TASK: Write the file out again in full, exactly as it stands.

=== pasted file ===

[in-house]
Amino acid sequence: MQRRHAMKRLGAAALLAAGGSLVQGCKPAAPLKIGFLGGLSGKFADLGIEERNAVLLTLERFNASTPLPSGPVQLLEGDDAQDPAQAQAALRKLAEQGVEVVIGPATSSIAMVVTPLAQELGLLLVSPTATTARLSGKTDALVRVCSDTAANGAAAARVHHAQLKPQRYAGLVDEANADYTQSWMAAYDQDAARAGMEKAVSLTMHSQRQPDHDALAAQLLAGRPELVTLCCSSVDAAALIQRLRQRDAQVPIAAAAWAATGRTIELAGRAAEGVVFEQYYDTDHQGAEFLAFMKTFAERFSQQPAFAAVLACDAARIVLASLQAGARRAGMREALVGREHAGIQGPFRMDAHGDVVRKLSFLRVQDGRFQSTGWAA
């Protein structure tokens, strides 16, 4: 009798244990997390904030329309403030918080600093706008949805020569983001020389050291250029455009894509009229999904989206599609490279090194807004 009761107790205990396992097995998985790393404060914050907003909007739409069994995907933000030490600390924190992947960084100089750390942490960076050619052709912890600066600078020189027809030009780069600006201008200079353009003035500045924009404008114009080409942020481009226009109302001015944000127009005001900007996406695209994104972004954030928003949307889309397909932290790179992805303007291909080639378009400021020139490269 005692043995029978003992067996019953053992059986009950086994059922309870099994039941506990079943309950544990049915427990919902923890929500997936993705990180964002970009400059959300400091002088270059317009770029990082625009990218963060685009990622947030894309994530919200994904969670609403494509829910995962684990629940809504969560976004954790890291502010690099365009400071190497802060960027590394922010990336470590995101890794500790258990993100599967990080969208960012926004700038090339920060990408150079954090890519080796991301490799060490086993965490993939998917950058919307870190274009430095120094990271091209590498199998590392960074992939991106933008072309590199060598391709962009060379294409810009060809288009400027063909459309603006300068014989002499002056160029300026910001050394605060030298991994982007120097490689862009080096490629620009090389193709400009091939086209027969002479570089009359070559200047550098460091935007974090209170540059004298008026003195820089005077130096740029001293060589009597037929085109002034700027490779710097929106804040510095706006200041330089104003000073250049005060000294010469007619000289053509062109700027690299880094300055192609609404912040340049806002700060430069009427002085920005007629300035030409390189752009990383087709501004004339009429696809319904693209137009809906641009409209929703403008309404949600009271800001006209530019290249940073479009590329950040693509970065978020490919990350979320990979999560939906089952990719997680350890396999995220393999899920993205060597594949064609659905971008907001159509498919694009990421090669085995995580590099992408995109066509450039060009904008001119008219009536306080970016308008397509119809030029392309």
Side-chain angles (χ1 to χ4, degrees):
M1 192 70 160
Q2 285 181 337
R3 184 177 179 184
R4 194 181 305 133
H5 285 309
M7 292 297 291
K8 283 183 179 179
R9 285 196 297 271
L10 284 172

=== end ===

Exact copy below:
[in-house]
Amino acid sequence: MQRRHAMKRLGAAALLAAGGSLVQGCKPAAPLKIGFLGGLSGKFADLGIEERNAVLLTLERFNASTPLPSGPVQLLEGDDAQDPAQAQAALRKLAEQGVEVVIGPATSSIAMVVTPLAQELGLLLVSPTATTARLSGKTDALVRVCSDTAANGAAAARVHHAQLKPQRYAGLVDEANADYTQSWMAAYDQDAARAGMEKAVSLTMHSQRQPDHDALAAQLLAGRPELVTLCCSSVDAAALIQRLRQRDAQVPIAAAAWAATGRTIELAGRAAEGVVFEQYYDTDHQGAEFLAFMKTFAERFSQQPAFAAVLACDAARIVLASLQAGARRAGMREALVGREHAGIQGPFRMDAHGDVVRKLSFLRVQDGRFQSTGWAA
């Protein structure tokens, strides 16, 4: 009798244990997390904030329309403030918080600093706008949805020569983001020389050291250029455009894509009229999904989206599609490279090194807004 009761107790205990396992097995998985790393404060914050907003909007739409069994995907933000030490600390924190992947960084100089750390942490960076050619052709912890600066600078020189027809030009780069600006201008200079353009003035500045924009404008114009080409942020481009226009109302001015944000127009005001900007996406695209994104972004954030928003949307889309397909932290790179992805303007291909080639378009400021020139490269 005692043995029978003992067996019953053992059986009950086994059922309870099994039941506990079943309950544990049915427990919902923890929500997936993705990180964002970009400059959300400091002088270059317009770029990082625009990218963060685009990622947030894309994530919200994904969670609403494509829910995962684990629940809504969560976004954790890291502010690099365009400071190497802060960027590394922010990336470590995101890794500790258990993100599967990080969208960012926004700038090339920060990408150079954090890519080796991301490799060490086993965490993939998917950058919307870190274009430095120094990271091209590498199998590392960074992939991106933008072309590199060598391709962009060379294409810009060809288009400027063909459309603006300068014989002499002056160029300026910001050394605060030298991994982007120097490689862009080096490629620009090389193709400009091939086209027969002479570089009359070559200047550098460091935007974090209170540059004298008026003195820089005077130096740029001293060589009597037929085109002034700027490779710097929106804040510095706006200041330089104003000073250049005060000294010469007619000289053509062109700027690299880094300055192609609404912040340049806002700060430069009427002085920005007629300035030409390189752009990383087709501004004339009429696809319904693209137009809906641009409209929703403008309404949600009271800001006209530019290249940073479009590329950040693509970065978020490919990350979320990979999560939906089952990719997680350890396999995220393999899920993205060597594949064609659905971008907001159509498919694009990421090669085995995580590099992408995109066509450039060009904008001119008219009536306080970016308008397509119809030029392309």
Side-chain angles (χ1 to χ4, degrees):
M1 192 70 160
Q2 285 181 337
R3 184 177 179 184
R4 194 181 305 133
H5 285 309
M7 292 297 291
K8 283 183 179 179
R9 285 196 297 271
L10 284 172